Thursday, June 25, 2015

VIDEO: The Gospel of Jesus' Wife intro

I saw that the newest issue of NTS (61.3) is devoted entirely to the interesting document called the Gospel of Jesus' Wife. I haven't had a chance to read any of the articles, but it looks like a good range of topics to get at the nature of this text. I also heard that some have done a little bit of mudslinging against those that say yea or nay on this text being an ancient document, but I think it's best to just give this text a fair hearing and see what the various scholars have to say about it in this top peer-reviewed journal.

For an introduction, see this intro video from Simon Gathercole of Cambridge:

Tuesday, June 9, 2015

VIDEO: Richard Hays @ Lanier Theological Library

Recently, Professor Richard Hays of Duke Divinity School was involved in a panel discussion on what's called "figural reading" of OT in NT. This recalls his earlier work on Paul as well as the more recently work on the Gospels (Reading Backwards), the latter which is part of a larger ongoing project (likely to be completed sooner with his stepping down as the Dean of the Divinity School).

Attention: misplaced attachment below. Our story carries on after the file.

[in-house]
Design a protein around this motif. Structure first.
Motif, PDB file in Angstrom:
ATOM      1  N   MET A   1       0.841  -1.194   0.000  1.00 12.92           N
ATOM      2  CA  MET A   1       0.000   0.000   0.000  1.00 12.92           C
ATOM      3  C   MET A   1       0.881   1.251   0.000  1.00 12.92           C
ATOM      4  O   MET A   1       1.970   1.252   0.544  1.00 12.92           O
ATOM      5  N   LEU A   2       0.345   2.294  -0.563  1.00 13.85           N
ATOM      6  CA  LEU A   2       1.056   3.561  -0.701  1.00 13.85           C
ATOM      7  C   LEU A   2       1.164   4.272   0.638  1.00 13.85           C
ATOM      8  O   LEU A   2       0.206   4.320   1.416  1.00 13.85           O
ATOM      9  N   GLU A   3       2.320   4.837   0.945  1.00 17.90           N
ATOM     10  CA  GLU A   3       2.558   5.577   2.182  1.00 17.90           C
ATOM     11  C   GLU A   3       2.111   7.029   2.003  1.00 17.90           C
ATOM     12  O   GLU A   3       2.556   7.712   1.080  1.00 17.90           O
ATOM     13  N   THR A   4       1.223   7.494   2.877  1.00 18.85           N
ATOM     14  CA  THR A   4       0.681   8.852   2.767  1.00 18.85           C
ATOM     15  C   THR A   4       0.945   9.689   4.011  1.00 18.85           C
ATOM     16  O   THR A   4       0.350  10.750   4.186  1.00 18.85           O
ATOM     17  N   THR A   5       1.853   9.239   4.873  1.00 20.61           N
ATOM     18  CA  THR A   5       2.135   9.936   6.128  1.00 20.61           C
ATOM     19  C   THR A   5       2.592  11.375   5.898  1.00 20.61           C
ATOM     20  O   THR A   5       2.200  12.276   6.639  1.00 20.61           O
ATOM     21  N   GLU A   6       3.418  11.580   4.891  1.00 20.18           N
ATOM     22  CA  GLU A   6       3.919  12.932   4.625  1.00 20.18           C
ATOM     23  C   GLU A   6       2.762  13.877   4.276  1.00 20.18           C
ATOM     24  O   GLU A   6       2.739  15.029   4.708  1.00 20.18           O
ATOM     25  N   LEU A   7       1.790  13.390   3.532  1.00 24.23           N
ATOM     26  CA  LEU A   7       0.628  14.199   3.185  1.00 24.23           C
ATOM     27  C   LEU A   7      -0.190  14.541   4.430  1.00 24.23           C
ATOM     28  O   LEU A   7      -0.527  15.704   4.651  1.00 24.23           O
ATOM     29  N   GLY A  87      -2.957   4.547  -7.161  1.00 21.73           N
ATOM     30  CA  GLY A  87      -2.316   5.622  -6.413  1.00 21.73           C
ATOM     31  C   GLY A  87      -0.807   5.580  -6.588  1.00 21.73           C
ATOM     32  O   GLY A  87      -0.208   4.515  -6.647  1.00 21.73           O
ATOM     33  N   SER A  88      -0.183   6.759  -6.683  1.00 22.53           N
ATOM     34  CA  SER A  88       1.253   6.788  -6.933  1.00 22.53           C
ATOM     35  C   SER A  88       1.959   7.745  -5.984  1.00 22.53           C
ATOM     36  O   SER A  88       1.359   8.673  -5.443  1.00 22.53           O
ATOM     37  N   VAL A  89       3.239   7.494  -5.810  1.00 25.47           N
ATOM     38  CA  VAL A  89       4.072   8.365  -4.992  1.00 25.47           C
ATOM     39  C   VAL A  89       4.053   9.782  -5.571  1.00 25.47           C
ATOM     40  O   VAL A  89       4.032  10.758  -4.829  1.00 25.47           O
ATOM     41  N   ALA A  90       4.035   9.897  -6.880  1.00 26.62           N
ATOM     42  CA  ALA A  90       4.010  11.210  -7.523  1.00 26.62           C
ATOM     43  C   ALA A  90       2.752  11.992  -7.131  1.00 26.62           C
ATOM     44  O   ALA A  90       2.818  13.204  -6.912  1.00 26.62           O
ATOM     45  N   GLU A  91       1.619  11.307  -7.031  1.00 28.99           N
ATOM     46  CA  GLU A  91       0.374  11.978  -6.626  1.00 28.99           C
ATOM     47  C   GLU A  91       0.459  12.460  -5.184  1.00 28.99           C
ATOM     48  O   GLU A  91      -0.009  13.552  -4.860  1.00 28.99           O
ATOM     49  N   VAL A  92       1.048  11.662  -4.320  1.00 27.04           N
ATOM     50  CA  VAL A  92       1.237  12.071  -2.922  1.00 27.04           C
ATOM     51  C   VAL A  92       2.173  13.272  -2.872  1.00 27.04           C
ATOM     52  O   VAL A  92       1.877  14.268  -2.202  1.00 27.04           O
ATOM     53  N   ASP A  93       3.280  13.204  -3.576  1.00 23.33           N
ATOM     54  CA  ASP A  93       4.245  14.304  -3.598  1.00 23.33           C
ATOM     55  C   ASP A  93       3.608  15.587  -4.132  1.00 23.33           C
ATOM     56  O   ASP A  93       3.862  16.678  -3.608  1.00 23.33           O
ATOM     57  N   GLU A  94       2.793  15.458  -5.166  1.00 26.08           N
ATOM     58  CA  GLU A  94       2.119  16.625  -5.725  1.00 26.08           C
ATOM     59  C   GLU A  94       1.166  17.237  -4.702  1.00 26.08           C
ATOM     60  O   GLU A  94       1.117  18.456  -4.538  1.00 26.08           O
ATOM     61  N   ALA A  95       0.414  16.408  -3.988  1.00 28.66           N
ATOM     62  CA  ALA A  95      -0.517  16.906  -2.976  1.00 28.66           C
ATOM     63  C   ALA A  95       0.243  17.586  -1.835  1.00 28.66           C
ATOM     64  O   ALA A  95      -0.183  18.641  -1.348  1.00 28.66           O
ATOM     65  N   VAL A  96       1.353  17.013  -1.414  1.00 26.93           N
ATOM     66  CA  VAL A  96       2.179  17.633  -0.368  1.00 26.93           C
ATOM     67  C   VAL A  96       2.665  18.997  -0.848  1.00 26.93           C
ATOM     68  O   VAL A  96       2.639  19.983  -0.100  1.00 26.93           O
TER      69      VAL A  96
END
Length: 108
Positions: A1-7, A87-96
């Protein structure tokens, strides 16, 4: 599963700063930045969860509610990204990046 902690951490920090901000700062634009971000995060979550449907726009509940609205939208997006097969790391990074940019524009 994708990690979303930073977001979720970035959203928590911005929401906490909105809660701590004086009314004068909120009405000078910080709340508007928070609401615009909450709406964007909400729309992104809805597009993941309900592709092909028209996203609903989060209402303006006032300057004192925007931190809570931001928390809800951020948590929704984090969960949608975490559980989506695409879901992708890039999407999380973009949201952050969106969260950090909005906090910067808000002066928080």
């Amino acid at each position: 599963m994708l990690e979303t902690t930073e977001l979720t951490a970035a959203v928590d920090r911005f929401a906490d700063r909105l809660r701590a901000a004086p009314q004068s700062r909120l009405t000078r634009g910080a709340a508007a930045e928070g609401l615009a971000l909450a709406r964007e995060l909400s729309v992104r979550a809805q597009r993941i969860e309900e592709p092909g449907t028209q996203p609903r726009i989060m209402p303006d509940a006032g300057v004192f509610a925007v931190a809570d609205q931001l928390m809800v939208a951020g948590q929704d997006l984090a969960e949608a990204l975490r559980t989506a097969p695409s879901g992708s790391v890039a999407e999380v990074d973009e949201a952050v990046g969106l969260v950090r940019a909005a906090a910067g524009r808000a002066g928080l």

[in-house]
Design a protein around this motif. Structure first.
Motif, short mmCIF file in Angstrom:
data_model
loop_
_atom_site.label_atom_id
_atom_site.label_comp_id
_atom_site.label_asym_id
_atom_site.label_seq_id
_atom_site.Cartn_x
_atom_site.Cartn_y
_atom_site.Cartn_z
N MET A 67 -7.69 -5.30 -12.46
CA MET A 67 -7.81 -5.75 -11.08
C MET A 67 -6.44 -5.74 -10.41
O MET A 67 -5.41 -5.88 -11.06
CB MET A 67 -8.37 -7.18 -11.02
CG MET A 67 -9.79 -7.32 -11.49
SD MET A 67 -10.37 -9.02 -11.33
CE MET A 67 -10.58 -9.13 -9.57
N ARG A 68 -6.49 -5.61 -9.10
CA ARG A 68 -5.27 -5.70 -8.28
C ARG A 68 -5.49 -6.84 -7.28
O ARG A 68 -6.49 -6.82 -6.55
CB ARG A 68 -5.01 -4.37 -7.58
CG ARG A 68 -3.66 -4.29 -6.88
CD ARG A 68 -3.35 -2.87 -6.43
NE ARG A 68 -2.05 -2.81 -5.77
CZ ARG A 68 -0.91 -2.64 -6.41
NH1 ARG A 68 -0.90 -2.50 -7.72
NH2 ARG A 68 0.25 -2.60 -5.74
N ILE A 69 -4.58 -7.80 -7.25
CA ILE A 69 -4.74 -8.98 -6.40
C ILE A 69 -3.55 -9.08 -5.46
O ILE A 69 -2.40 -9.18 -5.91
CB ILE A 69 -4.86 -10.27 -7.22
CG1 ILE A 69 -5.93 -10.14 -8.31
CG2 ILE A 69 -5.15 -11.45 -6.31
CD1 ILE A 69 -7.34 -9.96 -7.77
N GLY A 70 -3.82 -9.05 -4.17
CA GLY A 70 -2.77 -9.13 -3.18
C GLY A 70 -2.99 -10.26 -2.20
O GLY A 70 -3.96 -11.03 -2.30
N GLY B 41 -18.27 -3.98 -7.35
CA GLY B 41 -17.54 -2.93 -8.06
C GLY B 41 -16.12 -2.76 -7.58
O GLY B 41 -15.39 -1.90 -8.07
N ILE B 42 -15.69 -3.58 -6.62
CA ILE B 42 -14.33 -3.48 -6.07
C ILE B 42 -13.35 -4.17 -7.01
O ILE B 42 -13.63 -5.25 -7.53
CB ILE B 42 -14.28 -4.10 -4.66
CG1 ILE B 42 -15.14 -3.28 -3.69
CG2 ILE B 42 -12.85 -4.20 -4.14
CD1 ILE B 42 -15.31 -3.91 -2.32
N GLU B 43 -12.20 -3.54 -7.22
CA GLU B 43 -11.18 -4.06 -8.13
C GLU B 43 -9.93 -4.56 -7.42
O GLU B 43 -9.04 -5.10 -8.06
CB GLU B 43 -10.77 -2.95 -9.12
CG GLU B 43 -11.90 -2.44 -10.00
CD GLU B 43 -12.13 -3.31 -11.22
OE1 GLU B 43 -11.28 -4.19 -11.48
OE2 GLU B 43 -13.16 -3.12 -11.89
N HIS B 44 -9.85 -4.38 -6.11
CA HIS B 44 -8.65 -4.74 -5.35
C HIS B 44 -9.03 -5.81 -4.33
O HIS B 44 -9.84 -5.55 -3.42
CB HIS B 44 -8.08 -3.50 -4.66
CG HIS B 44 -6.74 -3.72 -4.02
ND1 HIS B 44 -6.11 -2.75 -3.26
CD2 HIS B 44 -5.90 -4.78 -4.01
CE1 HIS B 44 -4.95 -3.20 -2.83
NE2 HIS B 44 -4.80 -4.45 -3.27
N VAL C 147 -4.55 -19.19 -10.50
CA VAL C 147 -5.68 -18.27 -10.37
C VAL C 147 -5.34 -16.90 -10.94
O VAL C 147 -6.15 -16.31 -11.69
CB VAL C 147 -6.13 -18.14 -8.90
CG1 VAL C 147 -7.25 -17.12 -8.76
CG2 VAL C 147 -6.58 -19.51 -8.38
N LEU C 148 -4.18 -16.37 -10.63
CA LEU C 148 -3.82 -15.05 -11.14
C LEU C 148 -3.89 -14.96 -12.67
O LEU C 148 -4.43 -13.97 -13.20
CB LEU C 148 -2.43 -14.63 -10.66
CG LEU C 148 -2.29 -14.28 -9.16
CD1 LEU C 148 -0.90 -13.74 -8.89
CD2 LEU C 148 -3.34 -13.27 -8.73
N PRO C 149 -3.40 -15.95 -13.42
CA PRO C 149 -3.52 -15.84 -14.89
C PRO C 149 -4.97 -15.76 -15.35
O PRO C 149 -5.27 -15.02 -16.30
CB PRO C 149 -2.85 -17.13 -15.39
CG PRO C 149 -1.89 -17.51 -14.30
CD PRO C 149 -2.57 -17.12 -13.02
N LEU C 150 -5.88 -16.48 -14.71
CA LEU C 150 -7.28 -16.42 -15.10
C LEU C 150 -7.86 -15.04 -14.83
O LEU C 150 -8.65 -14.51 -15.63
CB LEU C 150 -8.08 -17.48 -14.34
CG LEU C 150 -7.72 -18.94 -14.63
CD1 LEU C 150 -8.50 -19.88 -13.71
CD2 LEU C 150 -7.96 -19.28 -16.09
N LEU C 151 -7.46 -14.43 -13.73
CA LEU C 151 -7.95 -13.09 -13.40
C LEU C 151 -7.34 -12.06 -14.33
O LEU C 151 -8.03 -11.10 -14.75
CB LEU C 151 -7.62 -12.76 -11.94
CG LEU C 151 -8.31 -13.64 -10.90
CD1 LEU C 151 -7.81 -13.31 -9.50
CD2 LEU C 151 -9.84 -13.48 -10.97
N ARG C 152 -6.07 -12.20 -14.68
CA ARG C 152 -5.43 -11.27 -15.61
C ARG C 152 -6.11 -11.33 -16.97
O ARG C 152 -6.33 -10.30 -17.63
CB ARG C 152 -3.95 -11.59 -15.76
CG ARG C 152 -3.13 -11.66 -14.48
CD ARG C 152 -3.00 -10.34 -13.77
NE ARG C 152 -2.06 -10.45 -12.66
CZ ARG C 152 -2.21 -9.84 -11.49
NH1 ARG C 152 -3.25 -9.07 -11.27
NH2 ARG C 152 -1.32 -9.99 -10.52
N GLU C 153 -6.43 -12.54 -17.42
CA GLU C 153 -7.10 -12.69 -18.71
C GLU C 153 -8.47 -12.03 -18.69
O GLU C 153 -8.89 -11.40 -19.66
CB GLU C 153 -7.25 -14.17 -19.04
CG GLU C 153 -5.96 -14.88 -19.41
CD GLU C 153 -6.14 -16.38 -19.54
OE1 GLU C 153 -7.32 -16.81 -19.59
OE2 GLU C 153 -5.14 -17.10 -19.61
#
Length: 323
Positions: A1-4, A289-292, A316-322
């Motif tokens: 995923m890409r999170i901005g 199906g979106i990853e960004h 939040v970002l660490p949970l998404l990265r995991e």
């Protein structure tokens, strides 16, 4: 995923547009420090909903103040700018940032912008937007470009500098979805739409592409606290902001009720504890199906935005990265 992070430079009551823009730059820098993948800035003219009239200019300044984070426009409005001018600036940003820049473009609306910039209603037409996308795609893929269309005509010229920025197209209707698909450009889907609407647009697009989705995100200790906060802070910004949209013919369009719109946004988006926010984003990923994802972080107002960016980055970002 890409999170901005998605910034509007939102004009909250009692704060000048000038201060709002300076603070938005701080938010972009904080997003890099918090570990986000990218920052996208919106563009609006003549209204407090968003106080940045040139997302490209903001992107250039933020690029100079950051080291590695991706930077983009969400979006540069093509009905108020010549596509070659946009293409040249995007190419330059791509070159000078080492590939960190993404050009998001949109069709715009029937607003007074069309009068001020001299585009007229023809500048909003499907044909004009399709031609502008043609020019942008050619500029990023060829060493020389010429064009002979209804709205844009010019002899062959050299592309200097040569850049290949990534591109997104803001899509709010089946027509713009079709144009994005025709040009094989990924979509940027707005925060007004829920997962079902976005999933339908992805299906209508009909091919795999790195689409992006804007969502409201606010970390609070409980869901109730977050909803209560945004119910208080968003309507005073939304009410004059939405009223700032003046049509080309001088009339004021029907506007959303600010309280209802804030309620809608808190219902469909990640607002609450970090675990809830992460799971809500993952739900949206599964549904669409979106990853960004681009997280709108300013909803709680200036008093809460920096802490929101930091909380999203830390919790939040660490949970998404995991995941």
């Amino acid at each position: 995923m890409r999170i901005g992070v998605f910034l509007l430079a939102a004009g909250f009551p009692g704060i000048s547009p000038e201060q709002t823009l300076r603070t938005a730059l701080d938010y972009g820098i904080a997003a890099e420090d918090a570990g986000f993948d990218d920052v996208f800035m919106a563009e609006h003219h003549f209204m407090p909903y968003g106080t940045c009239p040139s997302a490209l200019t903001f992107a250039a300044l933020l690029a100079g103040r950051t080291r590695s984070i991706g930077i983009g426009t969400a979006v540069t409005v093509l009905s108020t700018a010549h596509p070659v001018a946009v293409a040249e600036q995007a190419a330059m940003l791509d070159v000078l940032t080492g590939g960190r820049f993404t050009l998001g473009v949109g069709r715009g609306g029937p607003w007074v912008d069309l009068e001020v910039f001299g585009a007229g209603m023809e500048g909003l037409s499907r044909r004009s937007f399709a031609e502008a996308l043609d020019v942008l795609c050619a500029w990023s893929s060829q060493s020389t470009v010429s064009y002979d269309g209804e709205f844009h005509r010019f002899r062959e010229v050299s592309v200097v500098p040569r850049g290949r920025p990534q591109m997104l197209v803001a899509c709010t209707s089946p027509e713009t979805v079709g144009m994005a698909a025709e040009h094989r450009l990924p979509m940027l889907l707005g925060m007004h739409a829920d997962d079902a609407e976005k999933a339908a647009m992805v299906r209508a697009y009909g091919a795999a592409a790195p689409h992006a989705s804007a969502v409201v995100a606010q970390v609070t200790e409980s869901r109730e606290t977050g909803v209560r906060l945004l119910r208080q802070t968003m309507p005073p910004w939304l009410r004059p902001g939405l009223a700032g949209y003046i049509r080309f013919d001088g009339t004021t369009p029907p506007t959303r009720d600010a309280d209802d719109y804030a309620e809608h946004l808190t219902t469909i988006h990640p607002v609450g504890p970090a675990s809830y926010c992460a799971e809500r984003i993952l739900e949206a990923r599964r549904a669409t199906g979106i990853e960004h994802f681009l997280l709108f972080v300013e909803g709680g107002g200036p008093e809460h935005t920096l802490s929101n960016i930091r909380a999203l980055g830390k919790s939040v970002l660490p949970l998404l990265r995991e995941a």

See the video below:

Sunday, June 7, 2015

RIP: J. Louis Martyn (1925 - June 2015)

I was saddened to hear the passing of one of the great NT scholar/theologians of the current generation, Professor J. Louis Martyn (see a tribute by Prof. Gaventa here). During my first semester at Duke Div, I took a course on Galatians with Dr. Susan Eastman, in which we worked through his wonderful AB commentary on Galatians. Thanks to her friendship with Prof. Martyn, we had the great privilege of having him join our last class session in which we talked about Paul and Galatians for three hours. I still remember his graciousness and humility, and he was very much interested in hearing from all of us as much as we wanted to hear from him. He fully engaged with all of our (and I'm sure in many ways, amateur) questions and it was such a great way to end the seminar. Whatever the various criticisms (or praises) that could be had of his AB commentary, to this day I tell my friends/colleagues that it is one of the most readable and interesting commentaries that I have ever come across. 

RIP Professor, it was truly an honor to have met you.